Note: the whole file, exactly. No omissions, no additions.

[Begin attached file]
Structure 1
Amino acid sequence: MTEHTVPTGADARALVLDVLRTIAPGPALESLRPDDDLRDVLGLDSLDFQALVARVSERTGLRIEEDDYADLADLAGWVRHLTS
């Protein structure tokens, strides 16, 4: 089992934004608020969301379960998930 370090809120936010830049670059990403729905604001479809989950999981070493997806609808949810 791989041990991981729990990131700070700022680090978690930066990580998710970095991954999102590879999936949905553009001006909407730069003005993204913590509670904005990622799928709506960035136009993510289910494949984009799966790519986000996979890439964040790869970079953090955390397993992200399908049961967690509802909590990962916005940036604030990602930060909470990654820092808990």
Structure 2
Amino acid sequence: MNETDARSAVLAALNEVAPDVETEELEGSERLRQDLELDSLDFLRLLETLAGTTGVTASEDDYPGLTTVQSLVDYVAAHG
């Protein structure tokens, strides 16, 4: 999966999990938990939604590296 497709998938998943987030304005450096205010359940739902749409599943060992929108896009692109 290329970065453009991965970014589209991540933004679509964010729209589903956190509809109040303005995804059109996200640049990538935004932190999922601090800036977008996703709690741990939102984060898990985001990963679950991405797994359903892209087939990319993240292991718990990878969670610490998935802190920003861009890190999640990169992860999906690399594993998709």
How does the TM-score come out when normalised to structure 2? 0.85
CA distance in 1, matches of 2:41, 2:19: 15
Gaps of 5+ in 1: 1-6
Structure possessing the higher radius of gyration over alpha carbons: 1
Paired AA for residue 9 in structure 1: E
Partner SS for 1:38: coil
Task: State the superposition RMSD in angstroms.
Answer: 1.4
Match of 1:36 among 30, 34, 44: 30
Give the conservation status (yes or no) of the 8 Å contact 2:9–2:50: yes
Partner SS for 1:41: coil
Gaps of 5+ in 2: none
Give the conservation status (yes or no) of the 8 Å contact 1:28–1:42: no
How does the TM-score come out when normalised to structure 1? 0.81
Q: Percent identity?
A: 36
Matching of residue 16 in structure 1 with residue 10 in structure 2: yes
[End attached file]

Structure 1
Amino acid sequence: MTEHTVPTGADARALVLDVLRTIAPGPALESLRPDDDLRDVLGLDSLDFQALVARVSERTGLRIEEDDYADLADLAGWVRHLTS
């Protein structure tokens, strides 16, 4: 089992934004608020969301379960998930 370090809120936010830049670059990403729905604001479809989950999981070493997806609808949810 791989041990991981729990990131700070700022680090978690930066990580998710970095991954999102590879999936949905553009001006909407730069003005993204913590509670904005990622799928709506960035136009993510289910494949984009799966790519986000996979890439964040790869970079953090955390397993992200399908049961967690509802909590990962916005940036604030990602930060909470990654820092808990």
Structure 2
Amino acid sequence: MNETDARSAVLAALNEVAPDVETEELEGSERLRQDLELDSLDFLRLLETLAGTTGVTASEDDYPGLTTVQSLVDYVAAHG
């Protein structure tokens, strides 16, 4: 999966999990938990939604590296 497709998938998943987030304005450096205010359940739902749409599943060992929108896009692109 290329970065453009991965970014589209991540933004679509964010729209589903956190509809109040303005995804059109996200640049990538935004932190999922601090800036977008996703709690741990939102984060898990985001990963679950991405797994359903892209087939990319993240292991718990990878969670610490998935802190920003861009890190999640990169992860999906690399594993998709």
How does the TM-score come out when normalised to structure 2? 0.85
CA distance in 1, matches of 2:41, 2:19: 15
Gaps of 5+ in 1: 1-6
Structure possessing the higher radius of gyration over alpha carbons: 1
Paired AA for residue 9 in structure 1: E
Partner SS for 1:38: coil
Task: State the superposition RMSD in angstroms.
Answer: 1.4
Match of 1:36 among 30, 34, 44: 30
Give the conservation status (yes or no) of the 8 Å contact 2:9–2:50: yes
Partner SS for 1:41: coil
Gaps of 5+ in 2: none
Give the conservation status (yes or no) of the 8 Å contact 1:28–1:42: no
How does the TM-score come out when normalised to structure 1? 0.81
Q: Percent identity?
A: 36
Matching of residue 16 in structure 1 with residue 10 in structure 2: yes